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09.18 - Allows small molecules to pass Generates a common...

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Bernard Katz No stimulation No Ca++
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1 ) Quantal nature of neurotransmitter release 2 ) Ca++ dependent release of neurotransmitters why discrete quantities? how are neurotransmitters packaged? why is a second ion required? what is the link between Ca++ and vesicles? what is the link between Ca++ and vesicles?
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Pancreatic cells ( Insulin )
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Synapsin - vesicle loading SNAPs - priming/docking SNAREs - fusion
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1 2 3 4 “magic happens”
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Clostridum: Botulinum toxin paralysis Clostridum tetani: tetanospasmin tetanus Botox Injections
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Tetanus Leak channels Gated channels- voltage ligand (chemical) pressure (mechanical) stretch light (electromagnetic) temperature Ion Channels operate in many ways: Acetylcholine (+) Glutamate (+) GABA (-) Glycine (-) Dopamine Norepinephrine/epinephrine Serotonin Histamine Peptides/ATP Endocannabinoids Endorphins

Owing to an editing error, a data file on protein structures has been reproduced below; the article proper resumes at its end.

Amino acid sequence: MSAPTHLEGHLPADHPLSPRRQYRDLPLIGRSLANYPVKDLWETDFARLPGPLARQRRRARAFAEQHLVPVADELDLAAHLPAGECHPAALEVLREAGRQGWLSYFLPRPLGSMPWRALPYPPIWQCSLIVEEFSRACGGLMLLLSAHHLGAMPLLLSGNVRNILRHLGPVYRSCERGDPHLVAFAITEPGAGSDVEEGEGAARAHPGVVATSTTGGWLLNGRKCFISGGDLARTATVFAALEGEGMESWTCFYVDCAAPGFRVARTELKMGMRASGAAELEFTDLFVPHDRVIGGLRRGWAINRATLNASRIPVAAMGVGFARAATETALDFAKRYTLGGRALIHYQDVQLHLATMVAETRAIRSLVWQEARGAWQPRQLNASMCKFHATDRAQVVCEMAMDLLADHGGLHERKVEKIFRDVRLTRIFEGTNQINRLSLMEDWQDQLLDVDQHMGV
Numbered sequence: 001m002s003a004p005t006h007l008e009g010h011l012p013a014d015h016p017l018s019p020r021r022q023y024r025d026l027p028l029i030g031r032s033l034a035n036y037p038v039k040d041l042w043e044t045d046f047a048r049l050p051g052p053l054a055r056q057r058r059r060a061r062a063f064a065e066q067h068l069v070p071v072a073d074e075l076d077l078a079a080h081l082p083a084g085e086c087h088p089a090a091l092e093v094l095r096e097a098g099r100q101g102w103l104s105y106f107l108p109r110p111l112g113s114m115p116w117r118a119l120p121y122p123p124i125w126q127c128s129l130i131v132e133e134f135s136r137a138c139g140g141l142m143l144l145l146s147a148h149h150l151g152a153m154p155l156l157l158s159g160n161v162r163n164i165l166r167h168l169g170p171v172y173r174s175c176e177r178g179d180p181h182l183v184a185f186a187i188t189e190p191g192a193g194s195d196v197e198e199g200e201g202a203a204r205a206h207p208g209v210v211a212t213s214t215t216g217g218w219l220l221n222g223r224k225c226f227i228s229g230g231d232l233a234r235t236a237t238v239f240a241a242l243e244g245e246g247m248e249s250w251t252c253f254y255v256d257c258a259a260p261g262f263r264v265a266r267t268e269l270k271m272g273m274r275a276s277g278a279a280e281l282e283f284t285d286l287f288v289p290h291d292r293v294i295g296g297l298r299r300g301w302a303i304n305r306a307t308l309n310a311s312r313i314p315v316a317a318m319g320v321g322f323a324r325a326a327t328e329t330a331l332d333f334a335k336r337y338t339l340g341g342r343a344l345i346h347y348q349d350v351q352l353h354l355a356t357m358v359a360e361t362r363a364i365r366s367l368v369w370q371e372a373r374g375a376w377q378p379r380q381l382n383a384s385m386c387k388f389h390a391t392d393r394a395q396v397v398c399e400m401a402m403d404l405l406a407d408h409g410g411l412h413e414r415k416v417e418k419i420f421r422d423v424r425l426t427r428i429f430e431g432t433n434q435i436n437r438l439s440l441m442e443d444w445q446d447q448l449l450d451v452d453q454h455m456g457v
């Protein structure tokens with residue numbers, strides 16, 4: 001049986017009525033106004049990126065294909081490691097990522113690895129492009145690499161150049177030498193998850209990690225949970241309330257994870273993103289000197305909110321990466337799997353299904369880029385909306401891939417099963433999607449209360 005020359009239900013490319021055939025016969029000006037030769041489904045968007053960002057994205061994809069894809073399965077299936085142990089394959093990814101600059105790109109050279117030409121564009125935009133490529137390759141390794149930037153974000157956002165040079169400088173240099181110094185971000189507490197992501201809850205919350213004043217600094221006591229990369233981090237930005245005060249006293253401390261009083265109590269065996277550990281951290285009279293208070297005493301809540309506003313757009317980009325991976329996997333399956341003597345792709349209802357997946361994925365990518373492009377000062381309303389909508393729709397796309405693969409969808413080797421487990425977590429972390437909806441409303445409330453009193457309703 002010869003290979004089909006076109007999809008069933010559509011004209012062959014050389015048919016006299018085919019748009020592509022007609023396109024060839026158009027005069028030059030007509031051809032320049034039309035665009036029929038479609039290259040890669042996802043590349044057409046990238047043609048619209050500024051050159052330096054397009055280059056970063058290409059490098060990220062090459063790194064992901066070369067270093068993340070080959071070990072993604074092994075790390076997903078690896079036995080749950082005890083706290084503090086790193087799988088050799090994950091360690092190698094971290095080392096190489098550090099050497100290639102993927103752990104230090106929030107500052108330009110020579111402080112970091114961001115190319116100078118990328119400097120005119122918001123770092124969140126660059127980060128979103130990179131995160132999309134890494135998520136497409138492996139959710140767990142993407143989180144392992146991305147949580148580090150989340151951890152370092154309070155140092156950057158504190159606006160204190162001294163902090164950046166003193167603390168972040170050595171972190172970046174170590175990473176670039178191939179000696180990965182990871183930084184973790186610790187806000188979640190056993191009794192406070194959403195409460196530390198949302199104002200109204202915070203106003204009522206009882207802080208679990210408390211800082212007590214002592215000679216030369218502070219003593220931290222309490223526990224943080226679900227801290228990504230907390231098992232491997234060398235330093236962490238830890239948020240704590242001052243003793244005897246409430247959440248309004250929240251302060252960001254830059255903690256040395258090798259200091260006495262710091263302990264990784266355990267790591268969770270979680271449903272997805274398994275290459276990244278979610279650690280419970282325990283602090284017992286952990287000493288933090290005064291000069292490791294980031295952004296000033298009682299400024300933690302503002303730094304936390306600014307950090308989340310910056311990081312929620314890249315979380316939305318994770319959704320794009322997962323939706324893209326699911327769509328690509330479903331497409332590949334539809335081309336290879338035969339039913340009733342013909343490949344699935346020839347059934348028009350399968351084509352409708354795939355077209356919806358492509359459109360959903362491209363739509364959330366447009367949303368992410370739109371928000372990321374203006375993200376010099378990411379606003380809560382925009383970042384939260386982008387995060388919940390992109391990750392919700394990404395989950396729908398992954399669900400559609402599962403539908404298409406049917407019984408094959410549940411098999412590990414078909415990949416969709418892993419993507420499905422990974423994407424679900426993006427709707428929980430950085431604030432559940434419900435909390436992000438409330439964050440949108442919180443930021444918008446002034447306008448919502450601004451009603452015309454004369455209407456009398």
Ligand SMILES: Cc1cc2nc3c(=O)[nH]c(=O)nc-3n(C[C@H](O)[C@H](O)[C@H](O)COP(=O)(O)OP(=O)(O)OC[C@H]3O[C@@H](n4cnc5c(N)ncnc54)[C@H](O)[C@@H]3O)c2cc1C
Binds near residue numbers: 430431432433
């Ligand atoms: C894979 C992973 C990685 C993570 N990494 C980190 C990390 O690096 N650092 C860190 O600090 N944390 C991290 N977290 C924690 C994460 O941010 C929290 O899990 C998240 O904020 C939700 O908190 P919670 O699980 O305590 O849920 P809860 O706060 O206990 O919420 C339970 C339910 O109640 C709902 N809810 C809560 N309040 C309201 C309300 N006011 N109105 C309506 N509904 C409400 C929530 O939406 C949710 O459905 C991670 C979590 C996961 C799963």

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Gap Junctions Synapses Electrical Electrical Synapses: Gap Junctions Found in the heart and brain.
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Unformatted text preview: Allows small molecules to pass. Generates a common electrical environment. Synapses Chemical: Excitatory vs Inhibitory vs Modulatory Synapses Chemical: Acetylcholine (Ach) ACh receptors: NMJ ( Muscle ) current Vm-90 mV-50 mV-10 mV +50 mV Reversal potential ACh receptors: composed of subunits Ionotropic Metabotropic Nicotinic Muscarinic Acetylcholine Receptors ACh Receptors Acetylcholine mACh Receptors Agonist vs Antagonist agonist | ˈ ag ə nist| | ˌ øg ə n ə st| | ˌ ag ə n ɪ st| Biochemistry a substance that initiates a physiological response when combined with a receptor. Often contrasted with antagonist . antagonist Biochemistry a substance that interferes with or inhibits the physiological action of another. Compare with agonist . Agonists Antagonists Curare non-depolarising blocker depolarising blocker...
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